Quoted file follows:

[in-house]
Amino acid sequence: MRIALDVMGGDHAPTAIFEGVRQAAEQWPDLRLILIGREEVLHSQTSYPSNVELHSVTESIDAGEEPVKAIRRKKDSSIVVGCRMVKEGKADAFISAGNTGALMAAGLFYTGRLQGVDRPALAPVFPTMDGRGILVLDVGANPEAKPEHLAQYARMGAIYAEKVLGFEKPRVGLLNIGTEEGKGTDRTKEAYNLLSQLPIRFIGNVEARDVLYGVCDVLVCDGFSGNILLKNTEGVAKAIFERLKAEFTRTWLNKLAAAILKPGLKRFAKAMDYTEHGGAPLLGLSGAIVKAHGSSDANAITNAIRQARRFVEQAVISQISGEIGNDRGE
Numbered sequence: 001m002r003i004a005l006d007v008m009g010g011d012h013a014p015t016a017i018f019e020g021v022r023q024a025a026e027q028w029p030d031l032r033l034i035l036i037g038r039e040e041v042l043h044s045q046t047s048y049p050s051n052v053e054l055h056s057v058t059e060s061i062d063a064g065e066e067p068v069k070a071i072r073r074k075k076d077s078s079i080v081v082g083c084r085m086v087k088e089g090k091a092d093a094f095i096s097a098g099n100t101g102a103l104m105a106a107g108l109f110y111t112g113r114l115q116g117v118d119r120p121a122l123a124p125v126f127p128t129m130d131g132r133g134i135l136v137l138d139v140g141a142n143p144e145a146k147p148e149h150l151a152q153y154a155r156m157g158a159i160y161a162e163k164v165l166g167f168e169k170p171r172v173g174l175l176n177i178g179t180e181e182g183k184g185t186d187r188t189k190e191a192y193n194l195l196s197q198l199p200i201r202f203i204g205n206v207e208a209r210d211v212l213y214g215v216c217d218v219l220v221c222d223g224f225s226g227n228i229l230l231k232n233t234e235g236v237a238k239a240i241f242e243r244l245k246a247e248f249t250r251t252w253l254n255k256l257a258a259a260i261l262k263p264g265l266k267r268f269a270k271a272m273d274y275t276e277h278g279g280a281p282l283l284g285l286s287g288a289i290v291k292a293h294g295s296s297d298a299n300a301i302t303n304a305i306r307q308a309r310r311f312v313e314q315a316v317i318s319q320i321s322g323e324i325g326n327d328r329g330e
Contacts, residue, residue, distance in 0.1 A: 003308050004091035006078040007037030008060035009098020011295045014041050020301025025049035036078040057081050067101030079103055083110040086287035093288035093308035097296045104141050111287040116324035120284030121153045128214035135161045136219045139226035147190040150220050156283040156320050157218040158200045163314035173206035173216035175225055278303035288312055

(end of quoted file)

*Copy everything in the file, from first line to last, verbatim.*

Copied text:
[in-house]
Amino acid sequence: MRIALDVMGGDHAPTAIFEGVRQAAEQWPDLRLILIGREEVLHSQTSYPSNVELHSVTESIDAGEEPVKAIRRKKDSSIVVGCRMVKEGKADAFISAGNTGALMAAGLFYTGRLQGVDRPALAPVFPTMDGRGILVLDVGANPEAKPEHLAQYARMGAIYAEKVLGFEKPRVGLLNIGTEEGKGTDRTKEAYNLLSQLPIRFIGNVEARDVLYGVCDVLVCDGFSGNILLKNTEGVAKAIFERLKAEFTRTWLNKLAAAILKPGLKRFAKAMDYTEHGGAPLLGLSGAIVKAHGSSDANAITNAIRQARRFVEQAVISQISGEIGNDRGE
Numbered sequence: 001m002r003i004a005l006d007v008m009g010g011d012h013a014p015t016a017i018f019e020g021v022r023q024a025a026e027q028w029p030d031l032r033l034i035l036i037g038r039e040e041v042l043h044s045q046t047s048y049p050s051n052v053e054l055h056s057v058t059e060s061i062d063a064g065e066e067p068v069k070a071i072r073r074k075k076d077s078s079i080v081v082g083c084r085m086v087k088e089g090k091a092d093a094f095i096s097a098g099n100t101g102a103l104m105a106a107g108l109f110y111t112g113r114l115q116g117v118d119r120p121a122l123a124p125v126f127p128t129m130d131g132r133g134i135l136v137l138d139v140g141a142n143p144e145a146k147p148e149h150l151a152q153y154a155r156m157g158a159i160y161a162e163k164v165l166g167f168e169k170p171r172v173g174l175l176n177i178g179t180e181e182g183k184g185t186d187r188t189k190e191a192y193n194l195l196s197q198l199p200i201r202f203i204g205n206v207e208a209r210d211v212l213y214g215v216c217d218v219l220v221c222d223g224f225s226g227n228i229l230l231k232n233t234e235g236v237a238k239a240i241f242e243r244l245k246a247e248f249t250r251t252w253l254n255k256l257a258a259a260i261l262k263p264g265l266k267r268f269a270k271a272m273d274y275t276e277h278g279g280a281p282l283l284g285l286s287g288a289i290v291k292a293h294g295s296s297d298a299n300a301i302t303n304a305i306r307q308a309r310r311f312v313e314q315a316v317i318s319q320i321s322g323e324i325g326n327d328r329g330e
Contacts, residue, residue, distance in 0.1 A: 003308050004091035006078040007037030008060035009098020011295045014041050020301025025049035036078040057081050067101030079103055083110040086287035093288035093308035097296045104141050111287040116324035120284030121153045128214035135161045136219045139226035147190040150220050156283040156320050157218040158200045163314035173206035173216035175225055278303035288312055